More generally, our approach demonstrates the ability of statistical models to elucidate pathogenesis mechanisms. The methods proposed could be applied to any longitudinal series of outcomes in any time scale. The segmented regression model with random IPs is particularly wellsuited for investigating the timing of trajectory changes. Along these lines, they previously have been proven useful in other medical fields (e.g., respiratory medicine, ref. 17) and other scientific disciplines (e.g., allometry, ref. 18). The use of the segmented regression model in HIV research also has additional promise. For example, the application of the IP model to serial viral RNA measurements in plasma would give a formal method to test the hypothesis that a “setpoint” exits (19). That is, one could use the methods described in this paper to examine whether longitudinal HIV RNA measurements are constant, consistently rising, or initially constant but rising as a prelude to AIDS. In the latter case, a comparison of Tcell inflection with that of HIV RNA inflection could shed important light on the relative timing of viral events (e.g., the emergence of viral quasispecies (20, 21) and macrophagetropic variants (22)) and of immunologic events (e.g., immununologic exhaustion (23, 24) and changes in receptor expression (25).
Acknowledgments
We gratefully acknowledge the insightful suggestions from the reviewers of the paper. This work was supported by National Institutes of Health Grants and Contracts UO1AI35042, 5M01RR00722 (General Clinical Research Center), UO1AI35043, UO1AI37984, UO1AI35039, UO1AI35040, UO1AI37613, and UO1AI35041.
Appendix
The following methods were used to approximate the critical values used for testing whether the segmented regression model or a linear model was most appropriate for an individual’s CD3^{+} cell counts. They are approximate because the exact distribution depends on the exact spacing of the observations (12) and simulated critical values used only equally spaced observations. For a fixed value of N_{i} (the total number of CD3^{+} cell counts), the algorithm can be described in three steps. Note that our algorithm is similar to that described by Kiuchi et al. (11) except that they generate independent observations in step 1.
Step 1: Generate a series of N_{i} CD3^{+} counts under the null hypothesis assumption that β_{i1} = β_{i2} = 0.
We assumed the log_{10} CD3^{+} responses followed a multivariate normal distribution with mean β_{i0} and a variancecovariance structure described by a dampedexponential model (26). The dampedexponential regression model is a very flexible and parsimonious method for modeling correlated data and has been specifically used to describe markers of HIV infection (27). The model includes a covariance of responses s years apart described by σ^{2} γ^{sθ}. Estimates for β_{i0} and the covariance parameters were obtained by applying a regression model of this form to a subset of CD3^{+} cell counts for 500 HIV− individuals (β̂_{i0} = 3.24, σ̂^{2} = 0.0203, γ̂ = 0.643, θ̂ = 0.126.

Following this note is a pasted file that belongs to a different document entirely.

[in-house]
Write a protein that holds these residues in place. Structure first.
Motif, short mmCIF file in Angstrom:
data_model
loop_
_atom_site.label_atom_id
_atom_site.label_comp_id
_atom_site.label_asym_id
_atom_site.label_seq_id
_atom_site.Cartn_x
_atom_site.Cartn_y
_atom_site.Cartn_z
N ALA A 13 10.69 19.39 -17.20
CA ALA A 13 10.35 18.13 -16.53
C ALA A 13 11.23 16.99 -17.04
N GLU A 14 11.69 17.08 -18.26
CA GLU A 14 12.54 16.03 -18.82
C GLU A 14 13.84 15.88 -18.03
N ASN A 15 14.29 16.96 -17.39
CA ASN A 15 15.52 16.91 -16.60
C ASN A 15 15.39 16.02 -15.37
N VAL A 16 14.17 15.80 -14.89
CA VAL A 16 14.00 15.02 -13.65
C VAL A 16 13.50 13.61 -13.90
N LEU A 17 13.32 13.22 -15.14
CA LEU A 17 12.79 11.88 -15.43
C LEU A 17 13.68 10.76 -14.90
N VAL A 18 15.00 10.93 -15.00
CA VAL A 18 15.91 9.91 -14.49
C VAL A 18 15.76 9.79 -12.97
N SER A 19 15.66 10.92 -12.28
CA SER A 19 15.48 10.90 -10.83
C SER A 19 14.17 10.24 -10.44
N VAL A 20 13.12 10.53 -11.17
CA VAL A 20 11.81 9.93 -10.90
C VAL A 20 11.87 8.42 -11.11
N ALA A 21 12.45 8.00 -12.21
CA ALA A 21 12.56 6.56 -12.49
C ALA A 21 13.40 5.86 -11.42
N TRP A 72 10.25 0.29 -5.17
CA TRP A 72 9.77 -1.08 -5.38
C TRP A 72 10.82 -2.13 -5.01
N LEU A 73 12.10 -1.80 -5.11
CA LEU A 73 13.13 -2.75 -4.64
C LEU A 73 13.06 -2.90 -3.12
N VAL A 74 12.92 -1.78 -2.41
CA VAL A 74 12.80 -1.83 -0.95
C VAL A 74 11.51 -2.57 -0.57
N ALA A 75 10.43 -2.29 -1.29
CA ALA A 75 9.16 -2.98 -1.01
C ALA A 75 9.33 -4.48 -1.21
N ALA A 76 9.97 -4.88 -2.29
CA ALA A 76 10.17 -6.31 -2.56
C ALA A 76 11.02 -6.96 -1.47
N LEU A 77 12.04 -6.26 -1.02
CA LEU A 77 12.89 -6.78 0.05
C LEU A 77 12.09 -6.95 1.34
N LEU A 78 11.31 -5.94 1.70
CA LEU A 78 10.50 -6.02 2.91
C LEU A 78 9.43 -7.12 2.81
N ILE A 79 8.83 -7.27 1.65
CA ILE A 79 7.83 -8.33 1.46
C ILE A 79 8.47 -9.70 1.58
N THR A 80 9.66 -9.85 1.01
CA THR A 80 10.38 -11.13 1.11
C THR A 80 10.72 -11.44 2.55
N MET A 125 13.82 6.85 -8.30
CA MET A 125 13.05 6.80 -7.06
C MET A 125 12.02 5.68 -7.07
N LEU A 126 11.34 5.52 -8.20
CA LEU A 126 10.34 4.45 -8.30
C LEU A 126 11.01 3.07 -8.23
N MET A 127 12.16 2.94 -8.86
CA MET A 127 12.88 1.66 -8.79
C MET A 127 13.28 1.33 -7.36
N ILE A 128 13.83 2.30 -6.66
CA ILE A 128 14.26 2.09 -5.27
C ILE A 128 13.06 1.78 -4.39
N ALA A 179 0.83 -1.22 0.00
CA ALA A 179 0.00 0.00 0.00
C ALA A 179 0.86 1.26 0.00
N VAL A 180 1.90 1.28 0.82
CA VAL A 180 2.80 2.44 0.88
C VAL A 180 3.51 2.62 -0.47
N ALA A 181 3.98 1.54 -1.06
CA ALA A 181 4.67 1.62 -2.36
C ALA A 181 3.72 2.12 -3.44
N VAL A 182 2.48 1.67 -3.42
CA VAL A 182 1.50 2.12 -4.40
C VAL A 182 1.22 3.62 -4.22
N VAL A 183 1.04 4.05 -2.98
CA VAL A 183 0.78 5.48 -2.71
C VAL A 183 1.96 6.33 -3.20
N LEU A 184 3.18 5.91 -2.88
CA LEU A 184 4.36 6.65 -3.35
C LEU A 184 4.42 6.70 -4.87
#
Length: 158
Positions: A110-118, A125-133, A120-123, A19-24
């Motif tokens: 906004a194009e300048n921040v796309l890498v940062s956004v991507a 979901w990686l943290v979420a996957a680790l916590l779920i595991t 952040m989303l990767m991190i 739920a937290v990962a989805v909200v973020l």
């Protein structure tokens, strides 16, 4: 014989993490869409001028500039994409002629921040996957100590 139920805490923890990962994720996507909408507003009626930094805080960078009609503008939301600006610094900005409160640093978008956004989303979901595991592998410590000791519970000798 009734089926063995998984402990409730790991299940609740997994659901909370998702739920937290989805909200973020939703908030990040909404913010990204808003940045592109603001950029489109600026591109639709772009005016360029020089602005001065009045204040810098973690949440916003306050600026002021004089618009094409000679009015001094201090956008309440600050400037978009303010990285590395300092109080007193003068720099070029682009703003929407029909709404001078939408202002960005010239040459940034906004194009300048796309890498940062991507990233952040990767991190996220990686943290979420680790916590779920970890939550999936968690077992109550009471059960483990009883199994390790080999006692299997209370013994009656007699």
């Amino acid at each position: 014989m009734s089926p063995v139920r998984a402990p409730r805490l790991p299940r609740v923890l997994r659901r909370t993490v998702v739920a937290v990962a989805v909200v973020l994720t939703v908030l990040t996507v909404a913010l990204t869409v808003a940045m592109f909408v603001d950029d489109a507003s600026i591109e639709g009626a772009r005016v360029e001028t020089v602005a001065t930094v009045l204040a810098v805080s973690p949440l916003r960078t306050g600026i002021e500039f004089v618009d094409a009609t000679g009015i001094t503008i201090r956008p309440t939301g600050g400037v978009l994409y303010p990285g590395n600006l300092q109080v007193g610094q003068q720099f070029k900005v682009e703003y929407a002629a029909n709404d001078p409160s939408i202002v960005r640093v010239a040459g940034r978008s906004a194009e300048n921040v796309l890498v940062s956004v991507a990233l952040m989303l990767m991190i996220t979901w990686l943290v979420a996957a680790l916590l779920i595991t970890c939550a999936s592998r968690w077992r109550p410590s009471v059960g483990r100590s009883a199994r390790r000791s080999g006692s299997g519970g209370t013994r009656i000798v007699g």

Step 2: Apply a linear model and a segmented regression model to this series of CD3^{+} counts.
Standard linear regression (i.e., a model with no IP) and the segmented regression model algorithm described in Methods were applied to the simulated data generated in step 1.
Step 3: Compute the Fstatistic for testing the appropriateness of a linear model versus a segmented regression model.
The Fstatistic was computed, where SS_{H} represents the residual sums of squares under the linear regression model (β_{i1} = β_{i2}), SS_{A} represents the residual sums of squares under the segmented regression model with the breakpoint estimated by using methods described in Methods.
Step 4: Repeat steps 1–3 to generate an empirical distribution for the Fstatistics.
We repeated steps 1–3 a total of 3,000 times (i = 1,… ,3000) to obtain 3,000 Fstatistics. We then ordered the Fstatistics and computed the 95th percentile. This value is the critical value we need whereby, given the null hypothesis (β_{i1} = β_{i2}), only 5% of the Fstatistics will exceed this critical value.
Footnotes

↵† To whom reprint requests should be addressed at: Department of Epidemiology, Johns Hopkins School of Public Health, 615 N. Wolfe Street, Room E7010, Baltimore, MD 21205. email: sgange{at}jhsph.edu.

This paper was submitted directly (Track II) to the Proceedings Office.
ABBREVIATIONS
 MACS,
 Multicenter AIDS Cohort Study;
 IP,
 inflection point;
 ROC,
 receiver operating characteristic;
 IQR,
 interquartile range;
 SP,
 seroprevalent;
 SC,
 seroconverter;
 SN,
 seronegative
 Received April 2, 1998.
 Copyright © 1998, The National Academy of Sciences